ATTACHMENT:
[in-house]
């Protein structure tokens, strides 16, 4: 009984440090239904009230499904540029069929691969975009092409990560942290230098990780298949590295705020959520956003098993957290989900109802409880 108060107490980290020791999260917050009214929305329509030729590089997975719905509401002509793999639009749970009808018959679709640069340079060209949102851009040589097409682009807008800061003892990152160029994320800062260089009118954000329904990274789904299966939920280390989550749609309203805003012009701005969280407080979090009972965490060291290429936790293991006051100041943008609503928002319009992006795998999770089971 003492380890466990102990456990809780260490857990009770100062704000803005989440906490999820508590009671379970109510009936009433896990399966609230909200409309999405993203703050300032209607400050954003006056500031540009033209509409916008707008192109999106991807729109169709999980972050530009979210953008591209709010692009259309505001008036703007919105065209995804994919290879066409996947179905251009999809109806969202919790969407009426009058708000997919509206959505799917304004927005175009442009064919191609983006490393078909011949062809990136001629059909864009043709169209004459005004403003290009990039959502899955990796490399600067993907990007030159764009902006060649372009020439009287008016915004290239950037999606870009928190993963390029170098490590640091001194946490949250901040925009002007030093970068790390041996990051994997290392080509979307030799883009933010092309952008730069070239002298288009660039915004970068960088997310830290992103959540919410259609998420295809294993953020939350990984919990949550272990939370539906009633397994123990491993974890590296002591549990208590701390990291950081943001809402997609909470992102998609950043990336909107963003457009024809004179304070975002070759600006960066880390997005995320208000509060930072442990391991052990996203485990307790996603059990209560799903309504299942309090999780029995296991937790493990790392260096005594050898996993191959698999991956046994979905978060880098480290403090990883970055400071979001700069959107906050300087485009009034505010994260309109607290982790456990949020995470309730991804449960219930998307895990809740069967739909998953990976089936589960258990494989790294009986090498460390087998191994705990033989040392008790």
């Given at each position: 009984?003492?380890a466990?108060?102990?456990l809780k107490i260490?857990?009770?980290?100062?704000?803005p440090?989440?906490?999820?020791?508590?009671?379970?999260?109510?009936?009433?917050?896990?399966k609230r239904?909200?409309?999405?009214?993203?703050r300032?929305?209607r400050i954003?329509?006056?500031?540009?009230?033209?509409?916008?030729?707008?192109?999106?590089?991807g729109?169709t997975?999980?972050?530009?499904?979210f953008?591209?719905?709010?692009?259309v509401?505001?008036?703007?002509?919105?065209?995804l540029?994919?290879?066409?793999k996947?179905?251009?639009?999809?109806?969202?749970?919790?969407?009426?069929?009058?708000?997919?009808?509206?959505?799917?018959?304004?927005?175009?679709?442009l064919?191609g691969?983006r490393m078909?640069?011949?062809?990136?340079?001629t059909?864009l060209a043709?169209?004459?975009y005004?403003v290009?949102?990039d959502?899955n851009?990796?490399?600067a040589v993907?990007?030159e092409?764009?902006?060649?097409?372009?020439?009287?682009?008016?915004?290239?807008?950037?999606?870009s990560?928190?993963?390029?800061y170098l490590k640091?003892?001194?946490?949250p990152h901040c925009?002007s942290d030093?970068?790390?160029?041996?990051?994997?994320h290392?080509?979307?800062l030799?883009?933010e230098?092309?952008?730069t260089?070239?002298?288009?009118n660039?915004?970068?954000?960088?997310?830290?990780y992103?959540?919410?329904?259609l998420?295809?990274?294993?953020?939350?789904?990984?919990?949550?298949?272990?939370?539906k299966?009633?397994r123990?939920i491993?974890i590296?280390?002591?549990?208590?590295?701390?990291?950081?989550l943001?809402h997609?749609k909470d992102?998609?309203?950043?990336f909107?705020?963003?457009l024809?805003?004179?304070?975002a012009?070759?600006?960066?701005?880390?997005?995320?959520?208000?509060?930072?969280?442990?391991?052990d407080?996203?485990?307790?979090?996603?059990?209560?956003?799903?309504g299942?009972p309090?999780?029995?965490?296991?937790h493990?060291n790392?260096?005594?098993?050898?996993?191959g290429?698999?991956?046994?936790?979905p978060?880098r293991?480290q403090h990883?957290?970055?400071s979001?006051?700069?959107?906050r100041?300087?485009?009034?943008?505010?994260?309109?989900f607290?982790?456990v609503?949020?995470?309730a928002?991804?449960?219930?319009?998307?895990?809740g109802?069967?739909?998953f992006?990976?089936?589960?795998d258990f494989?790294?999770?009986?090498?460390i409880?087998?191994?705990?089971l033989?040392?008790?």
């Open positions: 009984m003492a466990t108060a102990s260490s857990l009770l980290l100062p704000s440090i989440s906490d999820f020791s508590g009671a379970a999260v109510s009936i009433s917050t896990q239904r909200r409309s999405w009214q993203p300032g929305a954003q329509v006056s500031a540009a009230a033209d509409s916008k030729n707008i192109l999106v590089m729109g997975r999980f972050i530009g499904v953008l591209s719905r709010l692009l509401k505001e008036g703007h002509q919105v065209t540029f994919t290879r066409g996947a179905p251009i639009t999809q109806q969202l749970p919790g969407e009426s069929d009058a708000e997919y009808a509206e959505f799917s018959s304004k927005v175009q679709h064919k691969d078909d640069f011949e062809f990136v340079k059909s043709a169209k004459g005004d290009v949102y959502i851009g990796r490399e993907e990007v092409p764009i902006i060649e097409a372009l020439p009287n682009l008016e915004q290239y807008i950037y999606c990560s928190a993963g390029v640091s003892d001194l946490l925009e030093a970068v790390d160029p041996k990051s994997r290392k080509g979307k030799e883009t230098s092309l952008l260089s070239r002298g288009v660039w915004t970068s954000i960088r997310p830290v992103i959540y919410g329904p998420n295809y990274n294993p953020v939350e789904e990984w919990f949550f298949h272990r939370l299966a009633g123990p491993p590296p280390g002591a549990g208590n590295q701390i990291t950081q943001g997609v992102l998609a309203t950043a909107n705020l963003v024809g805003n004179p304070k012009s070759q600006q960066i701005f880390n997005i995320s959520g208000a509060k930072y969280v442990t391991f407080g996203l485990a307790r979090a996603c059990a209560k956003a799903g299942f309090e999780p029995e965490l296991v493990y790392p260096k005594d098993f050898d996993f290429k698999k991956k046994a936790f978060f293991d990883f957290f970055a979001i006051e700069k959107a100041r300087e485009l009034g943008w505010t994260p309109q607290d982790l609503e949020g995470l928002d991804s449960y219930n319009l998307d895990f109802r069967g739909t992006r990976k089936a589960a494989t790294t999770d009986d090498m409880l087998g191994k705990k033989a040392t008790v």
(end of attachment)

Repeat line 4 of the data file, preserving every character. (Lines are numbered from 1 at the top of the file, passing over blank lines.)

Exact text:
């Open positions: 009984m003492a466990t108060a102990s260490s857990l009770l980290l100062p704000s440090i989440s906490d999820f020791s508590g009671a379970a999260v109510s009936i009433s917050t896990q239904r909200r409309s999405w009214q993203p300032g929305a954003q329509v006056s500031a540009a009230a033209d509409s916008k030729n707008i192109l999106v590089m729109g997975r999980f972050i530009g499904v953008l591209s719905r709010l692009l509401k505001e008036g703007h002509q919105v065209t540029f994919t290879r066409g996947a179905p251009i639009t999809q109806q969202l749970p919790g969407e009426s069929d009058a708000e997919y009808a509206e959505f799917s018959s304004k927005v175009q679709h064919k691969d078909d640069f011949e062809f990136v340079k059909s043709a169209k004459g005004d290009v949102y959502i851009g990796r490399e993907e990007v092409p764009i902006i060649e097409a372009l020439p009287n682009l008016e915004q290239y807008i950037y999606c990560s928190a993963g390029v640091s003892d001194l946490l925009e030093a970068v790390d160029p041996k990051s994997r290392k080509g979307k030799e883009t230098s092309l952008l260089s070239r002298g288009v660039w915004t970068s954000i960088r997310p830290v992103i959540y919410g329904p998420n295809y990274n294993p953020v939350e789904e990984w919990f949550f298949h272990r939370l299966a009633g123990p491993p590296p280390g002591a549990g208590n590295q701390i990291t950081q943001g997609v992102l998609a309203t950043a909107n705020l963003v024809g805003n004179p304070k012009s070759q600006q960066i701005f880390n997005i995320s959520g208000a509060k930072y969280v442990t391991f407080g996203l485990a307790r979090a996603c059990a209560k956003a799903g299942f309090e999780p029995e965490l296991v493990y790392p260096k005594d098993f050898d996993f290429k698999k991956k046994a936790f978060f293991d990883f957290f970055a979001i006051e700069k959107a100041r300087e485009l009034g943008w505010t994260p309109q607290d982790l609503e949020g995470l928002d991804s449960y219930n319009l998307d895990f109802r069967g739909t992006r990976k089936a589960a494989t790294t999770d009986d090498m409880l087998g191994k705990k033989a040392t008790v």